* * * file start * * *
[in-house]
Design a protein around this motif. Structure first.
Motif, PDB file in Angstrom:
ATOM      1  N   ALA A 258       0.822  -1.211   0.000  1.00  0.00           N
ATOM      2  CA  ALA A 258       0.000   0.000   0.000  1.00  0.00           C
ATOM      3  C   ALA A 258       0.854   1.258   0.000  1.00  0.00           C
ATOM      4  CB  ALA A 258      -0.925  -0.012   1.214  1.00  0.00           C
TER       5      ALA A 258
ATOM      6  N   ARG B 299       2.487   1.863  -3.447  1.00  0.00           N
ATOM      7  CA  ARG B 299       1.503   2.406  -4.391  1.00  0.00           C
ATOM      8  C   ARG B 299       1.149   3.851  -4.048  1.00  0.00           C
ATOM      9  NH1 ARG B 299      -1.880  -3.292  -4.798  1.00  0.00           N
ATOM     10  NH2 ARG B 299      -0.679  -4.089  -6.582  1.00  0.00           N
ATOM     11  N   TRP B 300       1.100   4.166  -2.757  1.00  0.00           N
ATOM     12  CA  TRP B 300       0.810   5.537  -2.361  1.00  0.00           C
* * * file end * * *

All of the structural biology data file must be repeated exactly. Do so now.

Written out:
[in-house]
Design a protein around this motif. Structure first.
Motif, PDB file in Angstrom:
ATOM      1  N   ALA A 258       0.822  -1.211   0.000  1.00  0.00           N
ATOM      2  CA  ALA A 258       0.000   0.000   0.000  1.00  0.00           C
ATOM      3  C   ALA A 258       0.854   1.258   0.000  1.00  0.00           C
ATOM      4  CB  ALA A 258      -0.925  -0.012   1.214  1.00  0.00           C
TER       5      ALA A 258
ATOM      6  N   ARG B 299       2.487   1.863  -3.447  1.00  0.00           N
ATOM      7  CA  ARG B 299       1.503   2.406  -4.391  1.00  0.00           C
ATOM      8  C   ARG B 299       1.149   3.851  -4.048  1.00  0.00           C
ATOM      9  NH1 ARG B 299      -1.880  -3.292  -4.798  1.00  0.00           N
ATOM     10  NH2 ARG B 299      -0.679  -4.089  -6.582  1.00  0.00           N
ATOM     11  N   TRP B 300       1.100   4.166  -2.757  1.00  0.00           N
ATOM     12  CA  TRP B 300       0.810   5.537  -2.361  1.00  0.00           C